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, 116 (35), 17207-17212

A Productivity Collapse to End Earth's Great Oxidation


A Productivity Collapse to End Earth's Great Oxidation

Malcolm S W Hodgskiss et al. Proc Natl Acad Sci U S A.


It has been hypothesized that the overall size of-or efficiency of carbon export from-the biosphere decreased at the end of the Great Oxidation Event (GOE) (ca. 2,400 to 2,050 Ma). However, the timing, tempo, and trigger for this decrease remain poorly constrained. Here we test this hypothesis by studying the isotope geochemistry of sulfate minerals from the Belcher Group, in subarctic Canada. Using insights from sulfur and barium isotope measurements, combined with radiometric ages from bracketing strata, we infer that the sulfate minerals studied here record ambient sulfate in the immediate aftermath of the GOE (ca. 2,018 Ma). These sulfate minerals captured negative triple-oxygen isotope anomalies as low as ∼ -0.8‰. Such negative values occurring shortly after the GOE require a rapid reduction in primary productivity of >80%, although even larger reductions are plausible. Given that these data imply a collapse in primary productivity rather than export efficiency, the trigger for this shift in the Earth system must reflect a change in the availability of nutrients, such as phosphorus. Cumulatively, these data highlight that Earth's GOE is a tale of feast and famine: A geologically unprecedented reduction in the size of the biosphere occurred across the end-GOE transition.

Keywords: Great Oxidation Event; Proterozoic; nutrient limitation; primary productivity; triple-oxygen isotopes.

Conflict of interest statement

The authors declare no conflict of interest.


Fig. 1.
Fig. 1.
Location of the Belcher Islands, sampling site, and sulfate/evaporite occurrences. (A) Stratigraphic column of the Belcher Group, indicating the intervals at which gypsum pseudomorphs (gypsum pseudo.), halite casts, microbarite, and macrobarite were observed. Refer to SI Appendix, Fig. S1 for photographs of each type of occurrence. The Kasegalik Formation, deposited in a sabkha environment, was host to the largest amount of evaporite casts and SO4 minerals observed in the Belcher Group. Higher in the stratigraphy, the McLeary Formation contains 1 stratigraphic horizon with a small amount of gypsum pseudomorphs. Finally, the Costello Formation contains centimeter-scale barite crystals along a single stratigraphic horizon on eastern Tukarak Island. (B) Map of North America with Belcher Islands in the black box. (C) Map of Belcher Islands. Macrobarites are indicated by a red circle. (D) Macrobarites, with Canadian penny for scale.
Fig. 2.
Fig. 2.
Geochemical and GPP model results. (A) Triple-oxygen isotope results from the Costello Formation macrobarites (red circles) together with results from previously reported values (gray circles) that span the GOE and mid-Proterozoic (ref. and references therein and ref. 46). (B) Box and whisker plots for low and high pO2 scenarios during the GOE and low pO2 post-GOE, showing the decline in GPP across the end-GOE. GPP fell dramatically across the end-GOE transition, even if pO2 levels remained constant, and remained at very low levels through the mid-Proterozoic. Bottoms and tops of boxes correspond to 25th and 75th percentiles, respectively. Lower and upper whiskers correspond to 2.5th and 97.5th percentiles, respectively. The solid horizontal lines indicate medians, and dashed horizontal lines indicate means. Dotted vertical lines represent potential SO4 ages based on different genetic models of barite formation.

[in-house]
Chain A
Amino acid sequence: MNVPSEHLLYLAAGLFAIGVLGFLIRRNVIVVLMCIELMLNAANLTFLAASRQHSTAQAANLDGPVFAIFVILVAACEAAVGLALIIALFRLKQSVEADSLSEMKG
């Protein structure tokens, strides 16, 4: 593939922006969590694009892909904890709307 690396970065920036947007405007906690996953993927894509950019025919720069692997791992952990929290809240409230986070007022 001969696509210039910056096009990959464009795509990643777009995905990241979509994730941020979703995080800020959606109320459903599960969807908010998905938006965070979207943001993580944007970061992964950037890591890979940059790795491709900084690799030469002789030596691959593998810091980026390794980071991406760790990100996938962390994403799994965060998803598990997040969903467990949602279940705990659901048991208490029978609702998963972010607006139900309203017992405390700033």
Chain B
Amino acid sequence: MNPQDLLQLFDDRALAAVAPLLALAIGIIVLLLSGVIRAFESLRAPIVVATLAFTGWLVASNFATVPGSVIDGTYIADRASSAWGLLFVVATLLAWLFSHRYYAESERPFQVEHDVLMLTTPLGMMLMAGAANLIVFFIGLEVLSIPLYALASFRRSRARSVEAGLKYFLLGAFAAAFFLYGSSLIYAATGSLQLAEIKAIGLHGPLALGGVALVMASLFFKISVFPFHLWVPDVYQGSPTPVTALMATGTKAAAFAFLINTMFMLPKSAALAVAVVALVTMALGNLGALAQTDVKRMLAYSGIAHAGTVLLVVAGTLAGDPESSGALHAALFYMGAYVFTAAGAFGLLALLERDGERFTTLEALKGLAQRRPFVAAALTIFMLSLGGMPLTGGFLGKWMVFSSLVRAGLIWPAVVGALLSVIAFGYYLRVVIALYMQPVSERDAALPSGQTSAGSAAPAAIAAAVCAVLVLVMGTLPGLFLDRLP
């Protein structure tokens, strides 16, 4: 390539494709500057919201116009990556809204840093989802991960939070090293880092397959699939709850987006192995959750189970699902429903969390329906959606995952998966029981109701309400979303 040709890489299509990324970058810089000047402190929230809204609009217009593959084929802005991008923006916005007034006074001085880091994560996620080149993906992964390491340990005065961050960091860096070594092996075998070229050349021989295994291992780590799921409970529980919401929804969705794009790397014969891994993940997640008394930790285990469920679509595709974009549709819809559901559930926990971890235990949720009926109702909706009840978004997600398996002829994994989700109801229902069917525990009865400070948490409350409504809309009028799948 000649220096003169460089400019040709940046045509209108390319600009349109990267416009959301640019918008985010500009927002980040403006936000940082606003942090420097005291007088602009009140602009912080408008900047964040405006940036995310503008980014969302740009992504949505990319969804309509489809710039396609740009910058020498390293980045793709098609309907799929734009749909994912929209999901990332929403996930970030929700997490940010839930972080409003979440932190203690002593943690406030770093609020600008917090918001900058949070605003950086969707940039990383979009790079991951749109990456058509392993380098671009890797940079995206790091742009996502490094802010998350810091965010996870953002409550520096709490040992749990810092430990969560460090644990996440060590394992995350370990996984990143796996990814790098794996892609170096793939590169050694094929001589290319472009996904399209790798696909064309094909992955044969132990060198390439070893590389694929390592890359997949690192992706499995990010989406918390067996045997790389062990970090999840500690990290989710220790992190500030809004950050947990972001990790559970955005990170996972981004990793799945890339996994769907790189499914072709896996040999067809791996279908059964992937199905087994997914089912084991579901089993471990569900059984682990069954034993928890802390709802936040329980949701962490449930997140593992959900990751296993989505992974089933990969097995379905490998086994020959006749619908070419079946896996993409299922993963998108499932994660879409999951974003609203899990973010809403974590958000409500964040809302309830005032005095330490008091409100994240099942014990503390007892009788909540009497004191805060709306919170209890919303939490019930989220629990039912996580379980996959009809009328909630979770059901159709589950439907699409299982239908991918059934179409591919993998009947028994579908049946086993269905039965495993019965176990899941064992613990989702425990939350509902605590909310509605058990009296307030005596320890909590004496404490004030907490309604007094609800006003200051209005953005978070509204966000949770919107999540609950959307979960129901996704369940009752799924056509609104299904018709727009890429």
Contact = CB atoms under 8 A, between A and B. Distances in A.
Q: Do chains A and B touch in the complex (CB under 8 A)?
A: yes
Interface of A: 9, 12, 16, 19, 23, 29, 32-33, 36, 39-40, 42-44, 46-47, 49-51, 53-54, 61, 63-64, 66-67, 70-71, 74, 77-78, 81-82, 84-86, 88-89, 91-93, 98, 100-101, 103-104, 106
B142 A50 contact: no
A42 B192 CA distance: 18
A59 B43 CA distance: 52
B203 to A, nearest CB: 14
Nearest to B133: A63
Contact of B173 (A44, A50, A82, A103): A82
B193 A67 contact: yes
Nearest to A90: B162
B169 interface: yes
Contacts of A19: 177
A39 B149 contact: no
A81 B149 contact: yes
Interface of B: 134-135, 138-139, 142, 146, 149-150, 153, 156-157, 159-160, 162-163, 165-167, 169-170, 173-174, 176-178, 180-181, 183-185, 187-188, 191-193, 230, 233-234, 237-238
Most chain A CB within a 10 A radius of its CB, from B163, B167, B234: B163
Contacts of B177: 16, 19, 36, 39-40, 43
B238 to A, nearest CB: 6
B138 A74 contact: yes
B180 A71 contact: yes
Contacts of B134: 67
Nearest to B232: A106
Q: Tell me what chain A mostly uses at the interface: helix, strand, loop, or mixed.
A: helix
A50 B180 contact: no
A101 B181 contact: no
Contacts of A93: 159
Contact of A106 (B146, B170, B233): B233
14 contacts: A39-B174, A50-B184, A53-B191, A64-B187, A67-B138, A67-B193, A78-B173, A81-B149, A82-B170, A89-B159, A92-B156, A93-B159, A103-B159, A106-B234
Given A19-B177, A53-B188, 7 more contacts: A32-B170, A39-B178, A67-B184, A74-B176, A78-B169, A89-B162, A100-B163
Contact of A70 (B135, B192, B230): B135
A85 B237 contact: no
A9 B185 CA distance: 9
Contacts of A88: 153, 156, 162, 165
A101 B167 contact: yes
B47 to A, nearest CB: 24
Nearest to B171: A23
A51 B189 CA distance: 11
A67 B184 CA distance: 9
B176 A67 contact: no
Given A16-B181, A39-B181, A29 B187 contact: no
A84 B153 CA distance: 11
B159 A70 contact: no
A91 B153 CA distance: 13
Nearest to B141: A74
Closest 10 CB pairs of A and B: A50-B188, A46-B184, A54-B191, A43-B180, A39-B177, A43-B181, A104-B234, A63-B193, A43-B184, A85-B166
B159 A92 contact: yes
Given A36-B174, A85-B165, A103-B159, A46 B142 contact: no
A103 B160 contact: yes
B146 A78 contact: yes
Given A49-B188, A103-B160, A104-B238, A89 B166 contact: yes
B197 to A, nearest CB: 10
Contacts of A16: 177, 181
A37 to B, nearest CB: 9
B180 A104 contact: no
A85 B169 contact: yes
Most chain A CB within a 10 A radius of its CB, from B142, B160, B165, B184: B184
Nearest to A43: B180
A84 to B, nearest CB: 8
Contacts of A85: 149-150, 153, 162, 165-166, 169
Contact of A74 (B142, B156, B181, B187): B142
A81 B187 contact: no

Fig. 3.
Fig. 3.
Sulfur and barium isotope chemistry of Costello Formation macrobarites. (A) A δ34S-Δ33S cross-plot shows that Costello Formation macrobarites are consistently depleted in Δ33S relative to modern seawater, while they overlap with modern values in δ34S. δ34S measurements also overlap with CAS measurements of the Kasegalik Formation (gray field; ref. 42). A comparison of syn- to post-GOE sulfate minerals shows that post-GOE samples are comparatively depleted in Δ33S, possibly due to a change in sulfur inputs rather than microbial sulfur recycling. (B) δ138/134Ba measurements of Costello Formation macrobarites compared with potential barite sources and post-Marinoan barites (38). The blue bar represents the typical analytical uncertainty on individual measurements. The range of values and small variance suggest a marine source of Ba for the Costello Formation macrobarites.

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